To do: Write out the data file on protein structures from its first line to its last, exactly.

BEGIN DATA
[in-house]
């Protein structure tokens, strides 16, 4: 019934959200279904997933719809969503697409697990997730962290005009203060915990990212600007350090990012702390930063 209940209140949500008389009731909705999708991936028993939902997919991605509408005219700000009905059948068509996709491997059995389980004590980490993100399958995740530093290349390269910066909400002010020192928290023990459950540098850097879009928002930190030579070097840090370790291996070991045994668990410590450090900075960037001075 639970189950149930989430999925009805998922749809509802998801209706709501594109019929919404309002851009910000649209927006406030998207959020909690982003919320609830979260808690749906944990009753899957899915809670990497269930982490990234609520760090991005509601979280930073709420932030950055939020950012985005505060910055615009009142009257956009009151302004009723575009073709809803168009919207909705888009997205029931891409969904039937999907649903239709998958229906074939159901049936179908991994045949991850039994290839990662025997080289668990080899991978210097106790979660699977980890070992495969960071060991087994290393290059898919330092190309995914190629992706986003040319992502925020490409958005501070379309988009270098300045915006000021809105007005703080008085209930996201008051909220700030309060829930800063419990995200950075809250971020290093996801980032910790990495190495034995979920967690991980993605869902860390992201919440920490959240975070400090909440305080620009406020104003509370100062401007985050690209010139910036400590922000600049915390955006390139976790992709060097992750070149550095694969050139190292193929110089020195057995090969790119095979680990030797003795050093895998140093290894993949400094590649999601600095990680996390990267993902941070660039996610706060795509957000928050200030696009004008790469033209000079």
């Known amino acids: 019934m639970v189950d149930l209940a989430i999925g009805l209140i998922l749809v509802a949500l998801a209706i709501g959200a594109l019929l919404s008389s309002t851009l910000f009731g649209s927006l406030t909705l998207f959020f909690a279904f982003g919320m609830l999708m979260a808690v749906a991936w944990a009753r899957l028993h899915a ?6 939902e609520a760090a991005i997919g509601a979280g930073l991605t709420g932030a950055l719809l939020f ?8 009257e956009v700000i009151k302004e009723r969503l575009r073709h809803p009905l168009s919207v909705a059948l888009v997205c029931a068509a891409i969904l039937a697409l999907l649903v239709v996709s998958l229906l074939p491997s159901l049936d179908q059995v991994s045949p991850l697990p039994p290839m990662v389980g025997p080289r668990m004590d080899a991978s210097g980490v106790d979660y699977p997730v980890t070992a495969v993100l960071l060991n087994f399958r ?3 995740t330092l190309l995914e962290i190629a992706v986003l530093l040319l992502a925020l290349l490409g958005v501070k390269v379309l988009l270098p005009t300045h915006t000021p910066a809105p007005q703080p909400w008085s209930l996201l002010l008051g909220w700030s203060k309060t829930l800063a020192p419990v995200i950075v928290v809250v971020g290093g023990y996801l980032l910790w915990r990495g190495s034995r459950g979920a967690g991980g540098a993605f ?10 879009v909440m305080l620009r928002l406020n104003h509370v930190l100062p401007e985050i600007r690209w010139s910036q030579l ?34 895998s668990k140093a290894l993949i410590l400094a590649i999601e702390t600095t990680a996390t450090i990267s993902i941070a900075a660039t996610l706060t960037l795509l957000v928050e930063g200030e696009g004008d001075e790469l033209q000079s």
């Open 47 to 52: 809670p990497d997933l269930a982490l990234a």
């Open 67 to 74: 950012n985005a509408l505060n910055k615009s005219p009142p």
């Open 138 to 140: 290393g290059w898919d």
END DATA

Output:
[in-house]
């Protein structure tokens, strides 16, 4: 019934959200279904997933719809969503697409697990997730962290005009203060915990990212600007350090990012702390930063 209940209140949500008389009731909705999708991936028993939902997919991605509408005219700000009905059948068509996709491997059995389980004590980490993100399958995740530093290349390269910066909400002010020192928290023990459950540098850097879009928002930190030579070097840090370790291996070991045994668990410590450090900075960037001075 639970189950149930989430999925009805998922749809509802998801209706709501594109019929919404309002851009910000649209927006406030998207959020909690982003919320609830979260808690749906944990009753899957899915809670990497269930982490990234609520760090991005509601979280930073709420932030950055939020950012985005505060910055615009009142009257956009009151302004009723575009073709809803168009919207909705888009997205029931891409969904039937999907649903239709998958229906074939159901049936179908991994045949991850039994290839990662025997080289668990080899991978210097106790979660699977980890070992495969960071060991087994290393290059898919330092190309995914190629992706986003040319992502925020490409958005501070379309988009270098300045915006000021809105007005703080008085209930996201008051909220700030309060829930800063419990995200950075809250971020290093996801980032910790990495190495034995979920967690991980993605869902860390992201919440920490959240975070400090909440305080620009406020104003509370100062401007985050690209010139910036400590922000600049915390955006390139976790992709060097992750070149550095694969050139190292193929110089020195057995090969790119095979680990030797003795050093895998140093290894993949400094590649999601600095990680996390990267993902941070660039996610706060795509957000928050200030696009004008790469033209000079």
């Known amino acids: 019934m639970v189950d149930l209940a989430i999925g009805l209140i998922l749809v509802a949500l998801a209706i709501g959200a594109l019929l919404s008389s309002t851009l910000f009731g649209s927006l406030t909705l998207f959020f909690a279904f982003g919320m609830l999708m979260a808690v749906a991936w944990a009753r899957l028993h899915a ?6 939902e609520a760090a991005i997919g509601a979280g930073l991605t709420g932030a950055l719809l939020f ?8 009257e956009v700000i009151k302004e009723r969503l575009r073709h809803p009905l168009s919207v909705a059948l888009v997205c029931a068509a891409i969904l039937a697409l999907l649903v239709v996709s998958l229906l074939p491997s159901l049936d179908q059995v991994s045949p991850l697990p039994p290839m990662v389980g025997p080289r668990m004590d080899a991978s210097g980490v106790d979660y699977p997730v980890t070992a495969v993100l960071l060991n087994f399958r ?3 995740t330092l190309l995914e962290i190629a992706v986003l530093l040319l992502a925020l290349l490409g958005v501070k390269v379309l988009l270098p005009t300045h915006t000021p910066a809105p007005q703080p909400w008085s209930l996201l002010l008051g909220w700030s203060k309060t829930l800063a020192p419990v995200i950075v928290v809250v971020g290093g023990y996801l980032l910790w915990r990495g190495s034995r459950g979920a967690g991980g540098a993605f ?10 879009v909440m305080l620009r928002l406020n104003h509370v930190l100062p401007e985050i600007r690209w010139s910036q030579l ?34 895998s668990k140093a290894l993949i410590l400094a590649i999601e702390t600095t990680a996390t450090i990267s993902i941070a900075a660039t996610l706060t960037l795509l957000v928050e930063g200030e696009g004008d001075e790469l033209q000079s």
């Open 47 to 52: 809670p990497d997933l269930a982490l990234a």
């Open 67 to 74: 950012n985005a509408l505060n910055k615009s005219p009142p």
């Open 138 to 140: 290393g290059w898919d």